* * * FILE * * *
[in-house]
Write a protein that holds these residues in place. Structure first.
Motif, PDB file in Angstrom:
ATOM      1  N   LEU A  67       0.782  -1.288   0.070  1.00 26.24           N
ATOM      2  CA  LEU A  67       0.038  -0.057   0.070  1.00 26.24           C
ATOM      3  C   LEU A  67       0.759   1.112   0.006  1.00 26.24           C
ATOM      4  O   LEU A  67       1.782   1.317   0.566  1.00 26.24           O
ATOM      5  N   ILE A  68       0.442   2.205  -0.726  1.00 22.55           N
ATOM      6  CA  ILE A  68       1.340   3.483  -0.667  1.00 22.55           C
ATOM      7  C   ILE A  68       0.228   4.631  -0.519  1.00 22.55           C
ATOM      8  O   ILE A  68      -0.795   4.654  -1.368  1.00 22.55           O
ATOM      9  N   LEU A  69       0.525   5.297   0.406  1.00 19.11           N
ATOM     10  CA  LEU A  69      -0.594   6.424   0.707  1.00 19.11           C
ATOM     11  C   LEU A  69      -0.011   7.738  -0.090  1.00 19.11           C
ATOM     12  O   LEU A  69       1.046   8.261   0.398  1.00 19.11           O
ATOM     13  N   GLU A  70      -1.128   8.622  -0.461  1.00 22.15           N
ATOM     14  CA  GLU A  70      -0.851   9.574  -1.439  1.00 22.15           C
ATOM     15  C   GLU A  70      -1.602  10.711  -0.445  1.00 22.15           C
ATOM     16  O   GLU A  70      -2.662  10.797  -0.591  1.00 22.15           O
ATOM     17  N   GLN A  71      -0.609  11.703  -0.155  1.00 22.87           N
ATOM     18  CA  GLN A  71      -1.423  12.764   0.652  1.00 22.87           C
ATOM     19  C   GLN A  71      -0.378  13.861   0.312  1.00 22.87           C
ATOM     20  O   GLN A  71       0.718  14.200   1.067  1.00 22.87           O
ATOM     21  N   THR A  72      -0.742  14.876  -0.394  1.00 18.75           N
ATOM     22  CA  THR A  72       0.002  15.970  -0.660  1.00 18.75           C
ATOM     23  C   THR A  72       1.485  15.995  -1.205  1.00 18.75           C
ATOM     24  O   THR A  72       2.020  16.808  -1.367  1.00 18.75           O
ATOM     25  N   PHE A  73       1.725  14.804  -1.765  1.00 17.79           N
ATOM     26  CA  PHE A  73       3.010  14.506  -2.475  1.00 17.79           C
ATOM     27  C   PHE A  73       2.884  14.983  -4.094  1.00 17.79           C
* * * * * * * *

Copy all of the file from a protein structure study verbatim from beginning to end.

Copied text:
[in-house]
Write a protein that holds these residues in place. Structure first.
Motif, PDB file in Angstrom:
ATOM      1  N   LEU A  67       0.782  -1.288   0.070  1.00 26.24           N
ATOM      2  CA  LEU A  67       0.038  -0.057   0.070  1.00 26.24           C
ATOM      3  C   LEU A  67       0.759   1.112   0.006  1.00 26.24           C
ATOM      4  O   LEU A  67       1.782   1.317   0.566  1.00 26.24           O
ATOM      5  N   ILE A  68       0.442   2.205  -0.726  1.00 22.55           N
ATOM      6  CA  ILE A  68       1.340   3.483  -0.667  1.00 22.55           C
ATOM      7  C   ILE A  68       0.228   4.631  -0.519  1.00 22.55           C
ATOM      8  O   ILE A  68      -0.795   4.654  -1.368  1.00 22.55           O
ATOM      9  N   LEU A  69       0.525   5.297   0.406  1.00 19.11           N
ATOM     10  CA  LEU A  69      -0.594   6.424   0.707  1.00 19.11           C
ATOM     11  C   LEU A  69      -0.011   7.738  -0.090  1.00 19.11           C
ATOM     12  O   LEU A  69       1.046   8.261   0.398  1.00 19.11           O
ATOM     13  N   GLU A  70      -1.128   8.622  -0.461  1.00 22.15           N
ATOM     14  CA  GLU A  70      -0.851   9.574  -1.439  1.00 22.15           C
ATOM     15  C   GLU A  70      -1.602  10.711  -0.445  1.00 22.15           C
ATOM     16  O   GLU A  70      -2.662  10.797  -0.591  1.00 22.15           O
ATOM     17  N   GLN A  71      -0.609  11.703  -0.155  1.00 22.87           N
ATOM     18  CA  GLN A  71      -1.423  12.764   0.652  1.00 22.87           C
ATOM     19  C   GLN A  71      -0.378  13.861   0.312  1.00 22.87           C
ATOM     20  O   GLN A  71       0.718  14.200   1.067  1.00 22.87           O
ATOM     21  N   THR A  72      -0.742  14.876  -0.394  1.00 18.75           N
ATOM     22  CA  THR A  72       0.002  15.970  -0.660  1.00 18.75           C
ATOM     23  C   THR A  72       1.485  15.995  -1.205  1.00 18.75           C
ATOM     24  O   THR A  72       2.020  16.808  -1.367  1.00 18.75           O
ATOM     25  N   PHE A  73       1.725  14.804  -1.765  1.00 17.79           N
ATOM     26  CA  PHE A  73       3.010  14.506  -2.475  1.00 17.79           C
ATOM     27  C   PHE A  73       2.884  14.983  -4.094  1.00 17.79           C